Though not mentioned in the list of the Exhibitions, I was fascinated by the video footage report of the Short cruise which took place near Balboa, Panama on the 30th of April 2015. The expedition was a site survey to gather data about the region, and was done conducted in an effort to better understand biodiversity in the Benthic communities in the Abyssal plain.
As someone who grew up reading about the adventures of the Trieste and its journey into the Marianas trench, and the journey of Alvin and Jason Jr into the wreck of the Titanic. I was interested in seeing the presented footage, and was yet again reminded about how difficult it can be to document things in the ocean, due to the unpredictability of the weather.
The exhibition feels more like a documentation of the scientific expedition organised by Geomar to document the Ecocide of the region, no doubt caused by human actions. However, I felt that the video as an art piece feels a little more obscurantist and clinical in parts, due to the limited information that is presented.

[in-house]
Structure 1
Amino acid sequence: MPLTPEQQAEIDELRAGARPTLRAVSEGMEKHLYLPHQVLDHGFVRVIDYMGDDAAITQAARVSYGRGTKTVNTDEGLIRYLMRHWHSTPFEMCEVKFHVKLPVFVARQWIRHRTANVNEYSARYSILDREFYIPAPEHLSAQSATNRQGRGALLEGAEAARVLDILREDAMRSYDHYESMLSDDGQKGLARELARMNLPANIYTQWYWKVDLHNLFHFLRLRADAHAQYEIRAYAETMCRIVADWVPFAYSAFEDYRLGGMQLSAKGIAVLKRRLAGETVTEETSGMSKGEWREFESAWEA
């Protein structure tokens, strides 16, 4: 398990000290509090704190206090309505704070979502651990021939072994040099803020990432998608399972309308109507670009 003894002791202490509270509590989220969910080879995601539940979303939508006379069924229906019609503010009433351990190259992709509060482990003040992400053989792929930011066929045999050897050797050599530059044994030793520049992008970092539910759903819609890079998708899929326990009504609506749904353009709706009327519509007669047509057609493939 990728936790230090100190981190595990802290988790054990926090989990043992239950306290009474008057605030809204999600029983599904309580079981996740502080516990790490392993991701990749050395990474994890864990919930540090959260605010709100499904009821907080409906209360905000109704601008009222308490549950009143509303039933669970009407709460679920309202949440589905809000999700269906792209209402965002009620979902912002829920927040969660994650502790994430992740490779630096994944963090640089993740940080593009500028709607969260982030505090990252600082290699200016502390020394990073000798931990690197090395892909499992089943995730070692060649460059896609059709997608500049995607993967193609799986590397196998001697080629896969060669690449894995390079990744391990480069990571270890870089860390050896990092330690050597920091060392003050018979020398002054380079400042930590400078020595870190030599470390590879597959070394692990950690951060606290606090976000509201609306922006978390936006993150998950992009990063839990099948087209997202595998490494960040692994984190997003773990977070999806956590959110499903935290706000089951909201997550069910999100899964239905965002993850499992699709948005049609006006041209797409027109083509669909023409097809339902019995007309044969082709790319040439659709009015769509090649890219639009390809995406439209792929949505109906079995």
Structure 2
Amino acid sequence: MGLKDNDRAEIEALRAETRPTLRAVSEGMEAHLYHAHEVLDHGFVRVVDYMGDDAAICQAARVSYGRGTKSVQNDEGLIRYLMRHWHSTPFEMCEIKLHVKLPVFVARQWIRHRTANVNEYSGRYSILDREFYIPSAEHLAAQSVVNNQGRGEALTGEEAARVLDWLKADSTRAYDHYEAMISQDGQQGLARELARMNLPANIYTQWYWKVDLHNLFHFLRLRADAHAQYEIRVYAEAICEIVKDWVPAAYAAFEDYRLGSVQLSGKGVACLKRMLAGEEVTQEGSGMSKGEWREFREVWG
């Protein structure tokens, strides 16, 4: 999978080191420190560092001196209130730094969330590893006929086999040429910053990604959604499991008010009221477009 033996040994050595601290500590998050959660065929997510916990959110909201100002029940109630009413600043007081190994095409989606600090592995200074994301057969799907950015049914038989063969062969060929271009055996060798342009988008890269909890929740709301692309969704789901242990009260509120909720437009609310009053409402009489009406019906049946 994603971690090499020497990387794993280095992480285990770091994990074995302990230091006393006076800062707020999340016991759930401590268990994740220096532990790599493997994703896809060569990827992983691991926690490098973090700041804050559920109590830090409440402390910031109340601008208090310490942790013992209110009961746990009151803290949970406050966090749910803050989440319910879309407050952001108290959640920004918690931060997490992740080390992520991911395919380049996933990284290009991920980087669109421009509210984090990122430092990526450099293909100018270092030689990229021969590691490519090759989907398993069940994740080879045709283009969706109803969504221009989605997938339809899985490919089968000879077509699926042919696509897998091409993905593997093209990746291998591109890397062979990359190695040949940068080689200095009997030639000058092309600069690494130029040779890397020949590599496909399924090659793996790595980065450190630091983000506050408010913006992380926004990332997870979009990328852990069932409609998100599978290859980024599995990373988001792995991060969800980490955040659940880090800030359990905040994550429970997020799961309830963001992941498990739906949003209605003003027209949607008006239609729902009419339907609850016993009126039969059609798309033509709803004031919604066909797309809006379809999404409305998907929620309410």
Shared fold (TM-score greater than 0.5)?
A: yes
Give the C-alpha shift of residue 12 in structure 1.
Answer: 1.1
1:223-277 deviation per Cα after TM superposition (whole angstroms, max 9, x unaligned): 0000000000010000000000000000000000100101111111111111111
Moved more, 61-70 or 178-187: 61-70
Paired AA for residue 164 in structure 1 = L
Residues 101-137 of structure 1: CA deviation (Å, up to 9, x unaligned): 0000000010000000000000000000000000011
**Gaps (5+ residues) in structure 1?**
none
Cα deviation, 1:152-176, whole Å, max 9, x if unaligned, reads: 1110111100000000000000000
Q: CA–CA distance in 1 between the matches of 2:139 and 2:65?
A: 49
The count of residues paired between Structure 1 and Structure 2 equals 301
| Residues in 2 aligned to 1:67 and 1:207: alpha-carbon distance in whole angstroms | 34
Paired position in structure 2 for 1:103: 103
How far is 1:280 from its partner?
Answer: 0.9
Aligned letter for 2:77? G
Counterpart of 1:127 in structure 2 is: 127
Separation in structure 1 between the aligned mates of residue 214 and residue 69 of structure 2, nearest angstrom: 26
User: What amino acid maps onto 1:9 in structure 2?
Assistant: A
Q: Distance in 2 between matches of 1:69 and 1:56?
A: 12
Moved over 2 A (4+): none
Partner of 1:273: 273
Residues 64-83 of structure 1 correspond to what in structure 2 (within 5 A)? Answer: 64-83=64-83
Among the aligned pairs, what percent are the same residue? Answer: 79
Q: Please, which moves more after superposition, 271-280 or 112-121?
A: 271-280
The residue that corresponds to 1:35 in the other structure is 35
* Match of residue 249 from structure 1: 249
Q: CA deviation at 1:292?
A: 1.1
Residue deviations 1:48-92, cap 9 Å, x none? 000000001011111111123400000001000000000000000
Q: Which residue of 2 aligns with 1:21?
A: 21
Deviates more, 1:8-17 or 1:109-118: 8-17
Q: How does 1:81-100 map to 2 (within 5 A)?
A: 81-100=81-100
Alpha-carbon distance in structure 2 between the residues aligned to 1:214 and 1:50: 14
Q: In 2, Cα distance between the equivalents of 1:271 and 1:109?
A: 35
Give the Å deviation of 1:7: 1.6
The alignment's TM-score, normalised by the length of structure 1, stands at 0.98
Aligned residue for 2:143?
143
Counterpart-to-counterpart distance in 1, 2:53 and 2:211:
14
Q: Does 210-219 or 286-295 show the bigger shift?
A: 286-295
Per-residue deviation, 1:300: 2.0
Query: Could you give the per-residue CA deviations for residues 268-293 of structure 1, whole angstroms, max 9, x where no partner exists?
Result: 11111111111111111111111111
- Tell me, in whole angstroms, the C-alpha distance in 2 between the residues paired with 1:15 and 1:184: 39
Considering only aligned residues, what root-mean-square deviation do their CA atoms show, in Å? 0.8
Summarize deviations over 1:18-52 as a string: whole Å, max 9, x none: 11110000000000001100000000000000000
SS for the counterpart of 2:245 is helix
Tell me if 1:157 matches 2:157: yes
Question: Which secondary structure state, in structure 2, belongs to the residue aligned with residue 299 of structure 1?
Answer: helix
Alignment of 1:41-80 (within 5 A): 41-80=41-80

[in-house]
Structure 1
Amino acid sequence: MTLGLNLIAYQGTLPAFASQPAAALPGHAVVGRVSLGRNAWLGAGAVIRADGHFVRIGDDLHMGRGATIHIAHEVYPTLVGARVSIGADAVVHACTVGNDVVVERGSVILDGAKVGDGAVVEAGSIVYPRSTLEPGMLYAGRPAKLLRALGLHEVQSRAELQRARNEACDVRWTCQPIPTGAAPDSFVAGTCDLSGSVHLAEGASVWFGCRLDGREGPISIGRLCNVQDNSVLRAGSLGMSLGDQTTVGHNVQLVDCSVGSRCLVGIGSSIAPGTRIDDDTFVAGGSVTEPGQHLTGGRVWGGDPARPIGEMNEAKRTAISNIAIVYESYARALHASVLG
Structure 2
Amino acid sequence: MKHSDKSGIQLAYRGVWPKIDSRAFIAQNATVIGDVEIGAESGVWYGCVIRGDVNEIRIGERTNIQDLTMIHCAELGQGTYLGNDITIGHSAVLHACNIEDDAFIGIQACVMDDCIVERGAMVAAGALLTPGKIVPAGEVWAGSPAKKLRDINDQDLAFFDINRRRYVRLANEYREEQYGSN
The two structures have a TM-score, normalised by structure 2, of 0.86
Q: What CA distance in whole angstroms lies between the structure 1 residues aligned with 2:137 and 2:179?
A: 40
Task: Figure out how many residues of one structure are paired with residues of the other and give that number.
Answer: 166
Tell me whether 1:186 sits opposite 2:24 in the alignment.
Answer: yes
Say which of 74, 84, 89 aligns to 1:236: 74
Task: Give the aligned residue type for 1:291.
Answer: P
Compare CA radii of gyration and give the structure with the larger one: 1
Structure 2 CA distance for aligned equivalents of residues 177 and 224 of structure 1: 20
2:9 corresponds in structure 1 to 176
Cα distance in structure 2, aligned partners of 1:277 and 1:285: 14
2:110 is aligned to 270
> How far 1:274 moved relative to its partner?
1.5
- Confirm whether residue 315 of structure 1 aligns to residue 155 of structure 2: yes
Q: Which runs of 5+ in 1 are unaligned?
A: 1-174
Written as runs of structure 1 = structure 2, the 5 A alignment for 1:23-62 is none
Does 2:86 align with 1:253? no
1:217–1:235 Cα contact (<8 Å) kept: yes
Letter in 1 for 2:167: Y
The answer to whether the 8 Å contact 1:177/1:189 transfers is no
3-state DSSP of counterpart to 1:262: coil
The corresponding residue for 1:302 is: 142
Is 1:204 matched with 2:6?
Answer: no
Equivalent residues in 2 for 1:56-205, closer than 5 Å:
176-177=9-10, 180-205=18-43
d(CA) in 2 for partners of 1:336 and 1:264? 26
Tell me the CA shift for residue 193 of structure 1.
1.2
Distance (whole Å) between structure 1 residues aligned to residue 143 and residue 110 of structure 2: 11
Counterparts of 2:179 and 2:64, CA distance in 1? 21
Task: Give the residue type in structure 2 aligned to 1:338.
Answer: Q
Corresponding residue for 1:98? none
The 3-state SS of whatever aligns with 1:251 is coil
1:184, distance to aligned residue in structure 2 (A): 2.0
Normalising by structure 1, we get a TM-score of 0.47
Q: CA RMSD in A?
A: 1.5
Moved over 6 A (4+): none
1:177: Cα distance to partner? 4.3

The chief scientist, Pedro Martinez Arbizu has been involved in other projects, studying the deep-sea mining of polymetallic nodules (Aka manganese, which is used with aluminium for corrosion resistance, and as a catalyst) in the Clarion-Clipperton Fracture Zone in the pacific, which I found to be interesting, notably because I’ve read about deep sea mining as a kid, but only as a footnote in an extremely old textbook (1970) about the vision of the future. At around the period, the UN had begun to develop international treaties that did away with an older version of Internatinal sea laws in favor of defining rights and responsibilities of countries in their use of the oceans.